World Health Organization Director General Tedros Adhanom Ghebreysus also condemned the decision.

“I’m very disappointed, because women’s rights need to be protected. And I would have expected America to protect those rights,” he said.

UN Secretary-General Antonio Guterres said: “Sexual and reproductive health and rights are the foundation of a life of choice, empowerment and equality for women and girls around the world. Restricting access to abortion doesn’t stop people from seeking abortion, it only makes it more deadly.”

US House Speaker Nancy Pelsosi described it as outrageous and heartbreaking.

She said a “Republican-controlled Supreme Court” had achieved “this party’s dark and extreme goal of denying women the right to make their own reproductive health decisions.”

“But make no mistake: the rights of women and of all Americans are on the ballot in November.”

U.S. House Speaker Nancy Pelosi speaks about the impeachment inquiry of U.S. President Donald Trump at the U.S. Capitol in Washington, DC on December 5, 2019.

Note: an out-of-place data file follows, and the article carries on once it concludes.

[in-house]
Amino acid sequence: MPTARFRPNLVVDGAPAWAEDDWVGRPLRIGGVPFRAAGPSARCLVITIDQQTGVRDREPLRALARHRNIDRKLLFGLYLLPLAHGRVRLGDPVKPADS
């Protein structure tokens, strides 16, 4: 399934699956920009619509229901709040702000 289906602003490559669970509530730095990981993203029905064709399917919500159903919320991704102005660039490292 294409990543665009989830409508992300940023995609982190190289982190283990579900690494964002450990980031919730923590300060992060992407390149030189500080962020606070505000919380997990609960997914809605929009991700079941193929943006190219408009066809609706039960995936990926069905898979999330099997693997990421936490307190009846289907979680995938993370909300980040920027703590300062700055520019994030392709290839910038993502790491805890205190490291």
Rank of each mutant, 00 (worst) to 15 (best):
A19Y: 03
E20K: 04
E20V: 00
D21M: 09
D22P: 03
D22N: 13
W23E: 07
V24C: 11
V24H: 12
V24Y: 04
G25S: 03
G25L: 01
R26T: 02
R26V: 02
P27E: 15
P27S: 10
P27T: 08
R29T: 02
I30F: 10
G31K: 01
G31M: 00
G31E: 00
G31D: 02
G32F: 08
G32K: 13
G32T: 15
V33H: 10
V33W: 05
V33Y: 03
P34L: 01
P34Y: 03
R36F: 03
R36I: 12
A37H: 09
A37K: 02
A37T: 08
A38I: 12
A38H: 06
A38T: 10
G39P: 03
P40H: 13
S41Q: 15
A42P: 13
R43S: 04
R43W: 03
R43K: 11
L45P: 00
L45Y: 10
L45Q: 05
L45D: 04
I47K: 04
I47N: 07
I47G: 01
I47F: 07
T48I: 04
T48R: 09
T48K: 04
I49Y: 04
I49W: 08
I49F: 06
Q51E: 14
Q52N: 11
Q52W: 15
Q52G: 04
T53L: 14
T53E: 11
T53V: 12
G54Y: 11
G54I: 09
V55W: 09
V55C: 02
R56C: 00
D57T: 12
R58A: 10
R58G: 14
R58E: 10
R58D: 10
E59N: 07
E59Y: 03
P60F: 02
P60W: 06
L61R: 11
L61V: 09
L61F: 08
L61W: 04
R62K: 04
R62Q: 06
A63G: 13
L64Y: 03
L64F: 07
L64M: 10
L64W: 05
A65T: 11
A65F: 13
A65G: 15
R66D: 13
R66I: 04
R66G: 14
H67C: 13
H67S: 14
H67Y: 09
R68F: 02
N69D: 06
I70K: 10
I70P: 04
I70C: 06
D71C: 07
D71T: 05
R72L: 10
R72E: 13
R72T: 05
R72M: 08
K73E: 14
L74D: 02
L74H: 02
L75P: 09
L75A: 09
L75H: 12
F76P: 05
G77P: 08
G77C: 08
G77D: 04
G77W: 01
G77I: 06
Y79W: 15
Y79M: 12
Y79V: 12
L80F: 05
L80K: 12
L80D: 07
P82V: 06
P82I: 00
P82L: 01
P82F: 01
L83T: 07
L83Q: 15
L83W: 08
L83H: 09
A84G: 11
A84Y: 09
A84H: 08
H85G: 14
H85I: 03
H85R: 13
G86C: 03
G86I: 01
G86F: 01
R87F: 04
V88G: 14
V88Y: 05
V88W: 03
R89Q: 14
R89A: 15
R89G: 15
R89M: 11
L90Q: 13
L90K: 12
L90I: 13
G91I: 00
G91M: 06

Nancy Pelsoi is among the critics.
Photo: AFP

Planned Parenthood was also critical: “SCOTUS [the Supreme Court] We may have just ended our constitutional right to abortion, but know this: Abortion is health care, and you deserve to be in control of your body and your future, no matter what. That hasn’t changed. We cannot and we will not back down now.”

Former US President Barack Obama said the Supreme Court not only overturned nearly 50 years of precedent, “it relegated the most intensely personal decision anyone can make to the whims of politicians and ideologues – attacking the essential freedoms of millions of Americans”.

Other world leaders have joined in criticism of French President Emmanuel Macron, saying abortion is a fundamental right for all women.

“We must protect him. I would like to express my solidarity with all these women whose freedoms are today compromised by the Supreme Court of the United States.”